Red flags to living happily ever after
Be warned: This article might not leave you feeling warm and fuzzy about your valentine. But it might save you a broken heart and a mountain of money.
Dating couples are strongly encouraged to speak openly about their sexual history and HIV status early in a relationship. Yet, you seldom get advised to speak to your sweetheart about money - at least, not until you're really serious.
But having the money conversation when you're madly in love can be tricky, says
behavioural finance specialist Gerda van der Linde.
"Emotion overrides rational thinking. So, you may know, rationally, that your partner indulges in 'retail therapy' but if you're crazy about them, ending the relationship may be near impossible for you."
When assessing financial compatibility, there is no definitive list of questions to ask a potential spouse, but there are some helpful talking points, Van der Linde says.
• Upbringing and childhood: Ask your partner how their upbringing influenced how they relate to money. If your valentine’s parents wasted money, that person may be prone to do so, too. Or their parents’ behaviour may have made them very frugal.
"You also want to know what values, such as a good work ethic, have been instilled. No one wants a partner who thinks they are entitled to a certain standard of living, but isn't willing to work for it."
Culture is also very important, because it can determine expectations. "A former colleague grew up in Soweto, a modern city girl, and had a child with a man from Mpumalanga, well-educated but with strong traditional ties. They found that they couldn't get married because of their different views on roles and who was responsible for what when it came to money."
• Impulse control: Poor impulse control is a red flag. Impulse control is the ability to resist or delay an impulse or a drive. To keep to a well-formulated financial plan, which includes saving for retirement, children’s education and more, requires you to withstand immediate gratification for the benefit of future gratification (read reward).
People with poor impulse control may also be prone to addictions which can wreak havoc on a relationship.
• Debt: If you are dating someone with a lot of debt, think very carefully about why your partner is in debt. Debt can be indicative of a lack of self-discipline or more serious problems such as gambling or codependency, a dysfunctional helping relationship where one person supports or enables another person’s irresponsible
behaviour. Van der Linde says that if your sweetheart has debt, and no serious problems underlying the debt, i t’s wise to eliminate the debt before tying the knot.
• Financial plan: “A good question to ask your sweetheart is, ‘Do you have a plan for your money?’ It’s often said that a failure to plan is a plan to fail. Meaning, without a plan, you are destined to fail.
Unless you have a plan for your money, it’s going to be like water in your hands –
impossible to hold on to. Ask questions like: ‘Do you budget? How many credit cards do you have? ’ And observe your partner’s money habits, as these may be more revealing than their words, Van der Linde says.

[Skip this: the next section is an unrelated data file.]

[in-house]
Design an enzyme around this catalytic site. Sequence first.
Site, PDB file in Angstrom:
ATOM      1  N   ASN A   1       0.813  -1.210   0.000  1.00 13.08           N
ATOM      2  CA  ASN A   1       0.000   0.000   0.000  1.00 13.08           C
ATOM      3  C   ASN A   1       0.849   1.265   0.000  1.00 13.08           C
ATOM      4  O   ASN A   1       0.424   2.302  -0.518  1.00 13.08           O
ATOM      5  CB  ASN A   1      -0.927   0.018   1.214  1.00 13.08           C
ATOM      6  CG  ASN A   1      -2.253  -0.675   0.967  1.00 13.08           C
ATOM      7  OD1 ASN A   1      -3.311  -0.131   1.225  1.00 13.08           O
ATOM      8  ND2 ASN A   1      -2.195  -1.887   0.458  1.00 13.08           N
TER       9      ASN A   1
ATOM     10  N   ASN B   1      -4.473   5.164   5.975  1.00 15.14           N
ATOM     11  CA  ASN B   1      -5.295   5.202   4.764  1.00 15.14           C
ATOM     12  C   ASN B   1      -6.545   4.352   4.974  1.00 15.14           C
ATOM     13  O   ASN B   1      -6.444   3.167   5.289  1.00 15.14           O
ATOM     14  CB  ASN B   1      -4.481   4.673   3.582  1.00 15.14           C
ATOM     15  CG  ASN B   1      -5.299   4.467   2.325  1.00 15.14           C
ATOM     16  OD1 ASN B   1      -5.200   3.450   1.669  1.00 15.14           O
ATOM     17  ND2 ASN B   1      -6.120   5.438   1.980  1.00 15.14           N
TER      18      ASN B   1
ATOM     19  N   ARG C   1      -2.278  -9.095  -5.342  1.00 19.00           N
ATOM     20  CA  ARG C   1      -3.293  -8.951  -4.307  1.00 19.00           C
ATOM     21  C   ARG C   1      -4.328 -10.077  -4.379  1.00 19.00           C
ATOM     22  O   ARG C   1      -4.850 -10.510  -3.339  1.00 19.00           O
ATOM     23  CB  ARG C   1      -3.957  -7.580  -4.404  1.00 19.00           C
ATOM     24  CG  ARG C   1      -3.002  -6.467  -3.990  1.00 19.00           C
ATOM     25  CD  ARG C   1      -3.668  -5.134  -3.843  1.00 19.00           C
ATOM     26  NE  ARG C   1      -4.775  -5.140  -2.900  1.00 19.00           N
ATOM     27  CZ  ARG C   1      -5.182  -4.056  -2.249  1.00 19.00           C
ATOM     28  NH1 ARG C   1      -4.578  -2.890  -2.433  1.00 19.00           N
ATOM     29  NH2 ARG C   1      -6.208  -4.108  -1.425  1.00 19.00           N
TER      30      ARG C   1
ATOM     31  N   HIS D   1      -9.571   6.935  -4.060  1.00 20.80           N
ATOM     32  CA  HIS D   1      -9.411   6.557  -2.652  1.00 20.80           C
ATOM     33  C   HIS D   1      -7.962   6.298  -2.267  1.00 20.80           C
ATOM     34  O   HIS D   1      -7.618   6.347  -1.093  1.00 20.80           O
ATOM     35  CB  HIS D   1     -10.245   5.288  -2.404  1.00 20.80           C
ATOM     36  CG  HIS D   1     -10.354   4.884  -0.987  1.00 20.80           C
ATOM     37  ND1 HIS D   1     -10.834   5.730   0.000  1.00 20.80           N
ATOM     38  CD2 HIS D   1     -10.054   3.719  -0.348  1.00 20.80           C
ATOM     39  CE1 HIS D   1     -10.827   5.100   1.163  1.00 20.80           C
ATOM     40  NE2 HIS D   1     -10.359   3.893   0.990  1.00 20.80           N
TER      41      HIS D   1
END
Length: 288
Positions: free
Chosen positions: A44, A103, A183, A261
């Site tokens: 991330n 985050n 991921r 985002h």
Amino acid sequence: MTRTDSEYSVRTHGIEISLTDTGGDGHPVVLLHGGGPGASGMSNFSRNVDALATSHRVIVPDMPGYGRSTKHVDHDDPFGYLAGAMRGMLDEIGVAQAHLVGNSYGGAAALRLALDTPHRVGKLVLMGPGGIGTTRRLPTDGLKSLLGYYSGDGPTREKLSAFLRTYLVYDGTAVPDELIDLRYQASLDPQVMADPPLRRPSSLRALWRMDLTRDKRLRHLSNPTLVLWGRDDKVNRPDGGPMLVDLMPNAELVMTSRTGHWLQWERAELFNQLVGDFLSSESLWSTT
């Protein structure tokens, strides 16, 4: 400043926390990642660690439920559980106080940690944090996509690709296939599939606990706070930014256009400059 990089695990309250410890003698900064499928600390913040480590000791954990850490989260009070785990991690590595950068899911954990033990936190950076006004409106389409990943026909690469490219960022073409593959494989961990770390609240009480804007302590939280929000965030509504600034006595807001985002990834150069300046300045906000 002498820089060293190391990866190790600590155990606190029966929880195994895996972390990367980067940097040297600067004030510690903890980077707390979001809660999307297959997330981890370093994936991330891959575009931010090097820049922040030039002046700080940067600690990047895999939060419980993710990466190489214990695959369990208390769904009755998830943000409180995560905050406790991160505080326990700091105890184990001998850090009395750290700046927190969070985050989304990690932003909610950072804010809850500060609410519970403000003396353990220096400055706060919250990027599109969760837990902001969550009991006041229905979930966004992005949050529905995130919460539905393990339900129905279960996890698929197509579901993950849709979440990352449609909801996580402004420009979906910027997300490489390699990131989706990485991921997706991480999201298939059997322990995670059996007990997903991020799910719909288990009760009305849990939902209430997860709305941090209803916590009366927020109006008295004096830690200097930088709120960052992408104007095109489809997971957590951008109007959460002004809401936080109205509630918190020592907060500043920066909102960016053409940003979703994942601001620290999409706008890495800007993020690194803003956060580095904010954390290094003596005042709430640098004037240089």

• Financial coaching: Van der Linde recommends you ask your partner if they would see a financial coach who can facilitate a conversation about money that may otherwise be awkward. If your partner is resistant, that may be a sign of arrogance, mistrust or an unwillingness to be transparent about money.
Many financial planners who have the Certified Financial Planner accreditation offer coaching for a consultation fee of about R1 500 an hour. It may be a lot of money, but it may also be the greatest investment in your future. You may avert the biggest mistake of your life by marrying the wrong person.
Marital contract can be a deal breaker in a marriage
If you are setting a wedding day:
Make sure you know if your sweetheart expects lobola. If you have broken with such traditions, it’s important early if your partner is like-minded.
Entering a marriage with lobola debt can put a strain on a new marriage.
"I recently heard of a woman who had planned her wedding down to the last detail - the venue had been hired, the dress had been made and the guests invited. The last thing was a meeting with a lawyer to work out the prenuptial contract. And that was when she discovered who she was marrying. Sadly, she felt it was too late to call off the wedding," behavioural finance specialist Gerda van der Linde says.
A marital contract can be a deal breaker. Marriage is a partnership with a greater chance of success if the roles and responsibilities are clearly spelt out.
If one partner has considerably more wealth than the other, the wealthier partner may want to be married "out of community of property without accrual", meaning that each person owns what they brought into the marriage and all that they accumulate during the marriage.
On the other hand, your Valentine may want to marry "in community of property", thus all assets and liabilities are jointly owned. In other words, if the love of your life is up to his eyeballs in debt, that debt will become yours the day you say "I do".
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